Women go to great lengths to cover up from the sun in Southeast Asia. It’s not unusual to see someone wearing a mask, hat, long sleeve shirt, gloves and long pants while picking rice in sun so brutal that in shorts and a t-shirt I’m sure I can feel the sun’s rays literally burning my skin.
From what I understand, the sun isn’t reserved for the summer either. They live with it’s scorching power year-round. Covering up happens in all the places we’ve visited, but here in Vietnam it does seem a little more extreme. Armpit-length skin colored gloves and leggings are donned as people get on motor bikes. Masks are worn that can make you feel like armed robbers are wandering the city. Here, in Nha Trang, the beach is deserted during the prime sunbathing hours of 10 am to 2 pm. But as soon as 3 or 4 pm rolls around, it’s packed.
While their aversion to sun is good anti-cancer behavior, from what I understand, their motivation is vanity driven by class consciousness. The darker your skin, the lower your status, because it’s reflects a life working in the sun. According to Lonely Planet, it’s a great insult to compliment a person’s tan and complementing the lightness of a person’s skin will win you favor.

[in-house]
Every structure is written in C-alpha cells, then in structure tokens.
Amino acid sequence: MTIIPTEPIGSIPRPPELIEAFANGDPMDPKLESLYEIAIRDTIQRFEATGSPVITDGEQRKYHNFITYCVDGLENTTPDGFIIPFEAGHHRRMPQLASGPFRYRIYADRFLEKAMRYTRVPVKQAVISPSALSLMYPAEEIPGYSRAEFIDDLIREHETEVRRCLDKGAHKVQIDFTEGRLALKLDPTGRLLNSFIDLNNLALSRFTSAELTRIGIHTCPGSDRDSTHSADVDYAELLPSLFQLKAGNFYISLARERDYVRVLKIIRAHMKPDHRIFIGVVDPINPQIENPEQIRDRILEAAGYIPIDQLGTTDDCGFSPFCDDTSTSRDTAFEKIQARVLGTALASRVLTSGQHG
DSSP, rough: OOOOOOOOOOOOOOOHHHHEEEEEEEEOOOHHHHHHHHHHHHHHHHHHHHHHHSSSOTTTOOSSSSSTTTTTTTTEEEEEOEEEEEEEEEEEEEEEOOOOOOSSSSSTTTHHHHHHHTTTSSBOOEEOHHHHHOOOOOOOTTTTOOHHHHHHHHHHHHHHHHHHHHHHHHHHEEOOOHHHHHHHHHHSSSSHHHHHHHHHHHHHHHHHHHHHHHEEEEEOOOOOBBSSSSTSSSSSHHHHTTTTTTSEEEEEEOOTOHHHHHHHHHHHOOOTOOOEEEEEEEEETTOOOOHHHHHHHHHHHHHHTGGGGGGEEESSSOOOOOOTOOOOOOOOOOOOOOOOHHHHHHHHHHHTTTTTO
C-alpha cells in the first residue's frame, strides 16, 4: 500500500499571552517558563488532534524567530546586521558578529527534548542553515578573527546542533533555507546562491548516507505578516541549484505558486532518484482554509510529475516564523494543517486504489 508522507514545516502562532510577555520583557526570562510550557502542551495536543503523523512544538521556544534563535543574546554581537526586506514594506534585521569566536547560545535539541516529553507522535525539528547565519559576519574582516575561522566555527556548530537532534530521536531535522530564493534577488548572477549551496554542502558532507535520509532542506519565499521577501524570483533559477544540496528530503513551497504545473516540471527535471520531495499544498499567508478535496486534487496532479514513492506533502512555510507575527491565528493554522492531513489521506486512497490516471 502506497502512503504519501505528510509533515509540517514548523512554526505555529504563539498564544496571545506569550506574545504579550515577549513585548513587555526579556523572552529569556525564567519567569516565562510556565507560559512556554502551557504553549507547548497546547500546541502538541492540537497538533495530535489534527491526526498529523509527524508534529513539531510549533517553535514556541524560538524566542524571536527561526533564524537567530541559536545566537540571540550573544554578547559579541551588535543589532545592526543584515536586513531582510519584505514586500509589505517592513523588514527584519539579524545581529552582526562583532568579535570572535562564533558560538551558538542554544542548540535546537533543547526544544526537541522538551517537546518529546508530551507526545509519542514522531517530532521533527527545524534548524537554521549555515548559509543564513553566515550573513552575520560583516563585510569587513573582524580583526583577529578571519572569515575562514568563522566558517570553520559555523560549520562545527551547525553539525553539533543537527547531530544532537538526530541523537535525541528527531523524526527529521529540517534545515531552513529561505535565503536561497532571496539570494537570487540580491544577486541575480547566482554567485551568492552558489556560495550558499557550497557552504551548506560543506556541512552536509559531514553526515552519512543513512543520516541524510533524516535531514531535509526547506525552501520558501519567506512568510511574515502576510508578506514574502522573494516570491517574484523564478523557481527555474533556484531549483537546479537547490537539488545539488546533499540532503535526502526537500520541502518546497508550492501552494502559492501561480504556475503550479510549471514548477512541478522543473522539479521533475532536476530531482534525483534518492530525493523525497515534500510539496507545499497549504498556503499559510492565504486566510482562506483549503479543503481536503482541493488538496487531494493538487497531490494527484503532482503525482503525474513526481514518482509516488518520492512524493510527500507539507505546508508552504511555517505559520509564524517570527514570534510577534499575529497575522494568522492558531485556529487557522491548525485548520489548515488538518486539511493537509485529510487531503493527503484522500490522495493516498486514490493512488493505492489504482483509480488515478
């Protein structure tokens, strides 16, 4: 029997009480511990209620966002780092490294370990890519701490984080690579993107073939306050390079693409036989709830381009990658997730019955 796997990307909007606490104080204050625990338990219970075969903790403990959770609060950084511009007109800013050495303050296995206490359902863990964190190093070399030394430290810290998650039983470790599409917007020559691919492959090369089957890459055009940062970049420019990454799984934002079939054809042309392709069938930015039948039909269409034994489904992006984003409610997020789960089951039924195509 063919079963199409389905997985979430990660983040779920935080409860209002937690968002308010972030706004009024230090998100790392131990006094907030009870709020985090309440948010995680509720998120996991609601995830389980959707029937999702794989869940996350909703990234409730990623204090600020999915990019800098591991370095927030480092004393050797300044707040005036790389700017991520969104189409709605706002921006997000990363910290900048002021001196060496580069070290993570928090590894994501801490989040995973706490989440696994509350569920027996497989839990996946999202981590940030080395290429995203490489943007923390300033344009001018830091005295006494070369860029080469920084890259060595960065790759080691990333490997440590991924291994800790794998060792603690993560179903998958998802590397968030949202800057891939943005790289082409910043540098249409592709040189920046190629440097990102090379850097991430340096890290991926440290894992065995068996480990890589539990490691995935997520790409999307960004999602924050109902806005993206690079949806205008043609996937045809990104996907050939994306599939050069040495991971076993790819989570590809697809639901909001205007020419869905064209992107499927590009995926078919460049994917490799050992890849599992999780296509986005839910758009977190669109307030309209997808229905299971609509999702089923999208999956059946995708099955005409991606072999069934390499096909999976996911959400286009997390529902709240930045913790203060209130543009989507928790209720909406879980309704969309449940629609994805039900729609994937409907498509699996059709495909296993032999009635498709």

I haven’t tried it out.
It’s hard to buy any skin product here that doesn’t have a whitening agent, that includes sun screen. See Sasha’s post from Singapore on the whitening advertisement we saw.
I think about white Americans laying out in the sun at every opportunity, paying to go to a tanning booth or spray-on tans. Models in advertisements are tanned and the definition of vacation, according to Corona at least, is lying on a beach soaking up some sun. I wonder if white America values tanned skin, because it indicates greater leisure time and, in turn, higher status.
While there are clear exceptions among minorities in the States, my wife included, it’s strange to witness one culture work so hard to keep their skin light, while another works so hard to make it darker.
As for myself, I have a tan any American farmer would be proud to have.
Tuesday, July 26, 2011 9:36 pm EDT
Nha Trang, Khanh Hoa, Vietnam